Porsche, Dortmund, Germany | Architect: Mutabor | © brandspacephotography – André Müller


Building Type: Corporate Identity
Location: Dortmund, Germany
Architect: Mutabor
Construction: Tray Panels Special Design
Year of construction: 2020
Material: ALUCOBOND® PLUS Silver Metallic
Quantity: 2,500 qm

© brandspacephotography – André Müller

Eight out of ten Porsche buyers are men over fifty. The car manufacturer has developed the “Destination Porsche” brand concept, including corporate architecture, to counteract this state of affairs. The focus is on creating a more inviting exterior and interior architecture which provides a positive brand experience, a template which can be adapted easily to suit different locations and, above all, different target groups. The design studio, Mutabor developed a modular construction system, which allows the floor plans as well as the façades to be configured and scaled flexibly. The ground floor with wrap-around glazing is fully accessible and linked to the outside space – structural and perceived barriers have been eliminated. The upper floors are enveloped in long, narrow pieces of dynamically curved ALUCOBOND®.

The interior can be seen through small display windows, with the slender ALUCOBOND® bands running streamlined across them and emphasizing the aerodynamic shape of the models on display in the showroom. Thanks to new production processes, the ALUCOBOND® aluminium composite bands could be fashioned into three-dimensional, curvilinear elements. The way these lamellas fan out above the entrance means light is able shine out between them and their form echoes the rear view of the Porsche 911. This iconic car served as inspiration for the designers who accentuated the outline of the curved lamella with red LEDs which glow like rear lights in the dark. Could there be a more fitting homage to a Porsche? A central axis leads from the entrance to the interior. The so-called Racing Line is where different product highlights are located. Just as in a small city, side streets are arranged along this axis, with cubic modules set in between. These white or exposed concrete structures feature frameless glazing, and a different topic or model is presented in each module. Using a complementary approach, the information is sometimes in digital, sometimes analogue form. Interested visitors stroll between the exhibition modules before arriving at a centrally located square, the very centre of Porsche City and the meeting point, with a café, lounge and LED info screen. This space is also used to hold events for customers. All other areas – rooms for sales consultations, the fitting lounge, where samples can be examined and details coordinated, the workshop and its waiting lounge – are transparent with frameless glazing giving them an open and affirmative look. They are bright, clean and comfortable, furnished in wood and upholstered furniture in a '50s Jacobsen avant-garde style. The general impression is of bright white spaces and even more air.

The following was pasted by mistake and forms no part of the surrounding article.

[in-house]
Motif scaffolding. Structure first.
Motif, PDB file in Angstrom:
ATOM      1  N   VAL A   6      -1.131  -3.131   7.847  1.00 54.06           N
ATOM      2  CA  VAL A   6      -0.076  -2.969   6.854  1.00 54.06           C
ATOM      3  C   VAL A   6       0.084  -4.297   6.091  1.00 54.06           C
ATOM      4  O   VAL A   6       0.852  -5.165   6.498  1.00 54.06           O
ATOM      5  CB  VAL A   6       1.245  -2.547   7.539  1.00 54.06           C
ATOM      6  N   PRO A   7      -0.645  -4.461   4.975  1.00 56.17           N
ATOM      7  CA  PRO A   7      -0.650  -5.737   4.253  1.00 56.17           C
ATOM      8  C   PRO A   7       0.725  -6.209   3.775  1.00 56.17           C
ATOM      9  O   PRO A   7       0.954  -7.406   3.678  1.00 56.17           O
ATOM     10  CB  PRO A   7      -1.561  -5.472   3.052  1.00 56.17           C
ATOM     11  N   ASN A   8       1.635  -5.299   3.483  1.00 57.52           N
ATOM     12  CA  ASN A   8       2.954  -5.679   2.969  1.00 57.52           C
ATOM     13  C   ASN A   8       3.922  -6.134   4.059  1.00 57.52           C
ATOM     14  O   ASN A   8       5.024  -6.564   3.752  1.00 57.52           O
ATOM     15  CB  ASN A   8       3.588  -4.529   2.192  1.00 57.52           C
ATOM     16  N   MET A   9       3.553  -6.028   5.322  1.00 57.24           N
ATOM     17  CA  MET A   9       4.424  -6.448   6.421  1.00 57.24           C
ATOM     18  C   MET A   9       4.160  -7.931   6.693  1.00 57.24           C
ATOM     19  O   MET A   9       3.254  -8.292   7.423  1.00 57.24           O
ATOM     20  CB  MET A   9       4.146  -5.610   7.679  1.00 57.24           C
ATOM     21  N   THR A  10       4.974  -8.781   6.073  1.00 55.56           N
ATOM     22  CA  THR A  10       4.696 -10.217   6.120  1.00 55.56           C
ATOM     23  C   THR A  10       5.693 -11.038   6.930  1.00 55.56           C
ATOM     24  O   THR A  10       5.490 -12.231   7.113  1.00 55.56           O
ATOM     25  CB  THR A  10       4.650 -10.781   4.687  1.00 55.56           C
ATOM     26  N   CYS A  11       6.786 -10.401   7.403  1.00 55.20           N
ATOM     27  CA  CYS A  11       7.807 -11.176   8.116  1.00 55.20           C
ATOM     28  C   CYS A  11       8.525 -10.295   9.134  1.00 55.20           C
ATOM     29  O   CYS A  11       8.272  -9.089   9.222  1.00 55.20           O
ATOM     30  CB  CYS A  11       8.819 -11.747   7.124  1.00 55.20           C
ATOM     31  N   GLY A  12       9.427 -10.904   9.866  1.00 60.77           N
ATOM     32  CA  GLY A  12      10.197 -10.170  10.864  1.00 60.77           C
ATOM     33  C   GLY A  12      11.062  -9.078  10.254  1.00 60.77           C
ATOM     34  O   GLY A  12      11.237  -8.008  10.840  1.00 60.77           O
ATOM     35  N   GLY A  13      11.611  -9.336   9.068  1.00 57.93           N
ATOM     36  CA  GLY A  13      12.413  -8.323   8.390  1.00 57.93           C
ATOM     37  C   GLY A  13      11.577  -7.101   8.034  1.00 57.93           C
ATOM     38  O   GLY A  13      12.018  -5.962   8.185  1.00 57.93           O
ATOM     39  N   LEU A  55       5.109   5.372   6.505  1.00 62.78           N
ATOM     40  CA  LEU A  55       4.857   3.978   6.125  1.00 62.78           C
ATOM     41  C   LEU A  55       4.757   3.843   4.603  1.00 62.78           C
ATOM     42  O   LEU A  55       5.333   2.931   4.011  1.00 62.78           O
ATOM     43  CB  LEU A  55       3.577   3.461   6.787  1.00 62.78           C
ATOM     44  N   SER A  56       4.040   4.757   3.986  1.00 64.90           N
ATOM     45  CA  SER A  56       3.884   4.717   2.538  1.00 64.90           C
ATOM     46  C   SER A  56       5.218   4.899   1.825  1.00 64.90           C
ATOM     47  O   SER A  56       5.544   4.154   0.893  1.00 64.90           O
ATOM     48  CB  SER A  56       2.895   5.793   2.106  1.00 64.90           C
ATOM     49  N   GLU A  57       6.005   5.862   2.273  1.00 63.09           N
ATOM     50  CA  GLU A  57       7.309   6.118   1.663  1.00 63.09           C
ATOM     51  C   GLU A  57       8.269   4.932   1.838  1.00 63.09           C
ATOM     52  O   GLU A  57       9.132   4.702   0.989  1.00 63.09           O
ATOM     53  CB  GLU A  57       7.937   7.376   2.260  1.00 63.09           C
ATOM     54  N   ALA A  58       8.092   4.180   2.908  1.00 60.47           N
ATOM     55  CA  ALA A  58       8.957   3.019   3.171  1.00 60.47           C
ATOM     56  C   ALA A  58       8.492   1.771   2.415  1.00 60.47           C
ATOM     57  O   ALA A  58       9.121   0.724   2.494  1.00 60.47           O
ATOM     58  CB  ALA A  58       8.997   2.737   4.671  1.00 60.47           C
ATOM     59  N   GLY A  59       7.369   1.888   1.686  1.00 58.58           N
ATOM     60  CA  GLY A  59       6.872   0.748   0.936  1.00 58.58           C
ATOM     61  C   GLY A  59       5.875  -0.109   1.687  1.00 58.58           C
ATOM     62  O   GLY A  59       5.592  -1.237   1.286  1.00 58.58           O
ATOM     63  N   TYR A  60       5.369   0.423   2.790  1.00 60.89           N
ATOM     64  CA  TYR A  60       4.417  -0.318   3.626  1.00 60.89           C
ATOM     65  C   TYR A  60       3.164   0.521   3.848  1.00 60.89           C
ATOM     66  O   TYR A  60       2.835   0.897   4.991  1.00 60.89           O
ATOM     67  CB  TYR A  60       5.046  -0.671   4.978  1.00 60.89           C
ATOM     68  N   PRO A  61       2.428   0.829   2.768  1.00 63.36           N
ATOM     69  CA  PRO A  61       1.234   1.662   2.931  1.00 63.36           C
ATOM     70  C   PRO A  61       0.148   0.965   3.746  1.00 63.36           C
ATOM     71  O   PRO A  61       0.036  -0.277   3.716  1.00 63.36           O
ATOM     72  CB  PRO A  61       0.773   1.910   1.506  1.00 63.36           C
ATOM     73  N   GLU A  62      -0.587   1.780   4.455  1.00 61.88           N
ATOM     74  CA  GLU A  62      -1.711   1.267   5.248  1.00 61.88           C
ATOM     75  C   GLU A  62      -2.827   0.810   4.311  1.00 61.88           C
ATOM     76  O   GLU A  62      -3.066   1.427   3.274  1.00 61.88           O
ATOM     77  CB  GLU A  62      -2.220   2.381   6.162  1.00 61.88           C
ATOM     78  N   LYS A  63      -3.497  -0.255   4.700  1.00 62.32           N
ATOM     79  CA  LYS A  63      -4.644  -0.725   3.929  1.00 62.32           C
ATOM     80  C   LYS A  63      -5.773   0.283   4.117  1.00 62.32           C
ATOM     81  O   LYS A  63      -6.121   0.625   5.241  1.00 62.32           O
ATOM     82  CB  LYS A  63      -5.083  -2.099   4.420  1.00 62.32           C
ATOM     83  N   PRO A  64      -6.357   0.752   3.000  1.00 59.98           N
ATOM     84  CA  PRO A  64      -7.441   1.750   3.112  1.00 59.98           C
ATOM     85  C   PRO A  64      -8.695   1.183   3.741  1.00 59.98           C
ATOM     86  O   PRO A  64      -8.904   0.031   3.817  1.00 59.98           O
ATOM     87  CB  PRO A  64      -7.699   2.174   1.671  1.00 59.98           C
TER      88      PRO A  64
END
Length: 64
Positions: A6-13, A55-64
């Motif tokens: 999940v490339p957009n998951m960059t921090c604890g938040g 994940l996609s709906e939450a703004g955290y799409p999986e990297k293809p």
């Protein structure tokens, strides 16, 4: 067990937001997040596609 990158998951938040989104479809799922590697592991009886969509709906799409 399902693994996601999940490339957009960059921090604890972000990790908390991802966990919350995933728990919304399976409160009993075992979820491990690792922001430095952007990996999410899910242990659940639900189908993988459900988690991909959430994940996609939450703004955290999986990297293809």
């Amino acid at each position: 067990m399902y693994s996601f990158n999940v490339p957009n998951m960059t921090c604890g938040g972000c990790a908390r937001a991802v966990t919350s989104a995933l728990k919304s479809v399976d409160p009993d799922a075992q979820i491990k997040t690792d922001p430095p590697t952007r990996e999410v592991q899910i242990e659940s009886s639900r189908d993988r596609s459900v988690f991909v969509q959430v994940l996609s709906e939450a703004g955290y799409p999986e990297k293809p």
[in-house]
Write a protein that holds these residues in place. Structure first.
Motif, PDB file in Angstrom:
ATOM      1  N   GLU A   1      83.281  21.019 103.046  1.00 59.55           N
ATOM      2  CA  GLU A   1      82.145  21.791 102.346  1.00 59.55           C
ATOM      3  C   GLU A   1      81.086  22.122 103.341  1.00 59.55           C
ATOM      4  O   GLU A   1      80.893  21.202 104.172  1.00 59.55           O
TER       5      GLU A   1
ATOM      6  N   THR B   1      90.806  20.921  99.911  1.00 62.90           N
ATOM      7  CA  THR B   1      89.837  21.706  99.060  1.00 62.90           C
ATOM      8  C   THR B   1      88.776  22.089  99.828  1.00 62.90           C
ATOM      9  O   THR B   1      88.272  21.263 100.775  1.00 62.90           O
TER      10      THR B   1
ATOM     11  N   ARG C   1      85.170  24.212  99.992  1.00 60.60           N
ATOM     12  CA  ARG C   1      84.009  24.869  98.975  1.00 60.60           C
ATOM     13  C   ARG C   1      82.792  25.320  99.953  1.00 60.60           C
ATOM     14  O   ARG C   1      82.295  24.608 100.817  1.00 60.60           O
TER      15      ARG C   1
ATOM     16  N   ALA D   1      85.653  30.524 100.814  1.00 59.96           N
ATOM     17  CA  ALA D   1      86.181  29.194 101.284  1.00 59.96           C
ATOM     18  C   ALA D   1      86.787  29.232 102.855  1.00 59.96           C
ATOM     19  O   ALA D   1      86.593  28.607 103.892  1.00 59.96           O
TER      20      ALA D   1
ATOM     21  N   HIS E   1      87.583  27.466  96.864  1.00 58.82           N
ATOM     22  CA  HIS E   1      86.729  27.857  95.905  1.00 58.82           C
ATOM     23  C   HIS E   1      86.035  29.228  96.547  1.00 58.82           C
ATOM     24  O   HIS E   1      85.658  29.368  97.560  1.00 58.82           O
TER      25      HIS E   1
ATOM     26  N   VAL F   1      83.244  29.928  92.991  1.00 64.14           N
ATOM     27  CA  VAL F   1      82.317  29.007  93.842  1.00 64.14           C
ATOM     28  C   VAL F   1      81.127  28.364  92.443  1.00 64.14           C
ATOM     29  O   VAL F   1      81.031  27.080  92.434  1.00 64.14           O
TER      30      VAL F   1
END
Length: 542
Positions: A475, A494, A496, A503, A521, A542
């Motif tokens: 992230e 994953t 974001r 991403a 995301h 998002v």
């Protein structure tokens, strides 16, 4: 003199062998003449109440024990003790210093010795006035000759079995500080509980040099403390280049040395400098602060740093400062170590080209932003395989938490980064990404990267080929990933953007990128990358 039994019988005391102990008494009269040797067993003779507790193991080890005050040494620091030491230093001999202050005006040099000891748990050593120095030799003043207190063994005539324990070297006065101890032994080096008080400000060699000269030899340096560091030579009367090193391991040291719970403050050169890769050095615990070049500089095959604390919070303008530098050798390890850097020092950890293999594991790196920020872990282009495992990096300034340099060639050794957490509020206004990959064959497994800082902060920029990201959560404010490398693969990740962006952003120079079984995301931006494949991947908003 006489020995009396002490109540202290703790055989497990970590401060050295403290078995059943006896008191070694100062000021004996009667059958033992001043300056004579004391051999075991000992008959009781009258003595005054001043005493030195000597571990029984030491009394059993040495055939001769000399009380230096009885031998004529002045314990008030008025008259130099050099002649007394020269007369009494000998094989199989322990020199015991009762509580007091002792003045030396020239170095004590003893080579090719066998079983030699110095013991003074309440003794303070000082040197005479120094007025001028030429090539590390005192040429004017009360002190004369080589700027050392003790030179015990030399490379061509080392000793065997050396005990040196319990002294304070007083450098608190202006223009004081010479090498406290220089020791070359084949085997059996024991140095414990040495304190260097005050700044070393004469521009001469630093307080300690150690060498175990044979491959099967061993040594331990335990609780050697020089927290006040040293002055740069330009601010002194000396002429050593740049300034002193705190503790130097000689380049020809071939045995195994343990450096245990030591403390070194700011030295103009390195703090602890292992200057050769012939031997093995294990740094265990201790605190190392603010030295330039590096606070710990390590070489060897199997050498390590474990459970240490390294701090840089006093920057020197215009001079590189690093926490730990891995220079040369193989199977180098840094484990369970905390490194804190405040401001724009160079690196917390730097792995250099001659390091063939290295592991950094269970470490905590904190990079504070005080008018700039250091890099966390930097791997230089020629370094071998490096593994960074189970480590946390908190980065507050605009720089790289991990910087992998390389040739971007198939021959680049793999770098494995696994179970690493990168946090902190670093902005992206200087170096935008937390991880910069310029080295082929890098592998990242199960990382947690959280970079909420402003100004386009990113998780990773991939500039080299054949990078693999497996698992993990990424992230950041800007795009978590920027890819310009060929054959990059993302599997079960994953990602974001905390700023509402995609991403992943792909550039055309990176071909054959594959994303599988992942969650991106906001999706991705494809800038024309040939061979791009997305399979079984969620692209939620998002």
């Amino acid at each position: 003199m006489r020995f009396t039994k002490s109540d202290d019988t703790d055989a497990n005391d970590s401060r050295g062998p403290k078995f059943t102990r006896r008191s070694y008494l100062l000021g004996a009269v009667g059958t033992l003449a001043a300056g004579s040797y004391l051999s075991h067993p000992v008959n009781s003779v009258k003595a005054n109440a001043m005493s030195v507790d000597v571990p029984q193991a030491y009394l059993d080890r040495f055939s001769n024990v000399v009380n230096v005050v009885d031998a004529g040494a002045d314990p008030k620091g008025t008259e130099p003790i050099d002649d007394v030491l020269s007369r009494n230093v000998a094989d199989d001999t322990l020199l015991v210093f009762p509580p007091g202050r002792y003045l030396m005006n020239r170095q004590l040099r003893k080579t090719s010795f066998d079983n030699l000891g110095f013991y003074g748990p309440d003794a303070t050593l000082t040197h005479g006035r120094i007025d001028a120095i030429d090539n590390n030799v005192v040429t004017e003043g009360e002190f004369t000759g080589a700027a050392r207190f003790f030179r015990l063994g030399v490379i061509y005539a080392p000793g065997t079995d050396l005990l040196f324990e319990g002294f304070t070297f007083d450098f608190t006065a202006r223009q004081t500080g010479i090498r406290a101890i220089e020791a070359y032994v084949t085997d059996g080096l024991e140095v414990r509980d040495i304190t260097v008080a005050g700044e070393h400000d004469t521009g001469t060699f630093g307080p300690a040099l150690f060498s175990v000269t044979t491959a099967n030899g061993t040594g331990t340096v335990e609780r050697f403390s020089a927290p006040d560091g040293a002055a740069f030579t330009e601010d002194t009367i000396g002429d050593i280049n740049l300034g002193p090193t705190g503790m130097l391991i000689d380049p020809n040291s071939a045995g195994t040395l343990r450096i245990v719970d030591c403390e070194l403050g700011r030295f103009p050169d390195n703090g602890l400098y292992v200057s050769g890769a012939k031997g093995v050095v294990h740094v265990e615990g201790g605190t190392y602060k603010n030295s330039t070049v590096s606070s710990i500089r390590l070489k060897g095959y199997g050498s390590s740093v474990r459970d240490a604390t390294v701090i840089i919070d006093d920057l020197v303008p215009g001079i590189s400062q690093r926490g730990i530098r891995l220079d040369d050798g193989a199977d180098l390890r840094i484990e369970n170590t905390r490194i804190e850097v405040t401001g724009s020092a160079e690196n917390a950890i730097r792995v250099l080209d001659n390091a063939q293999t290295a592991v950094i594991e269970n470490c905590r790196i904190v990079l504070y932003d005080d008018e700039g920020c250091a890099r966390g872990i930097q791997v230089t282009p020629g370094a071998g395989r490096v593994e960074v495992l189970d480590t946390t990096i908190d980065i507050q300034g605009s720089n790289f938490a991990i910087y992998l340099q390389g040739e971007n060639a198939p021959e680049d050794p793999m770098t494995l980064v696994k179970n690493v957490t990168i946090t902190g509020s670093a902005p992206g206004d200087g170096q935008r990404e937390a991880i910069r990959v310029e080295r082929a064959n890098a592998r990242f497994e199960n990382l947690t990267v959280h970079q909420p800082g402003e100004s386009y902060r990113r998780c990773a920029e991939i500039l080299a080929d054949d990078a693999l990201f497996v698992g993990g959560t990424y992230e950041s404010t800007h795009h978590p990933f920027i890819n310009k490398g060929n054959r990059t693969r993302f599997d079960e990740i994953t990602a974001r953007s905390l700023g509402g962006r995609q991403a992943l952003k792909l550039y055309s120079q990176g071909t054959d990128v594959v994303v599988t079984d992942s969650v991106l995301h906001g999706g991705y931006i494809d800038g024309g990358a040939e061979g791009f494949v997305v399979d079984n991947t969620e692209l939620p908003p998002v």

It is a reassuring retro utopia with a mid-century feel; technologically, it is speeding along in the fast lane of the digital era with its networked, hybrid communication systems. Is this what women want? The prototype in the Palm Springs desert suggests it is. In the retro light of the Californian sun, this mix of technology and charm is particularly successful. The first new-concept European sales hub can also count on sunshine in the west: It has been located in Dortmund since 2020 and is the blueprint for more than 900 salesrooms around the world.

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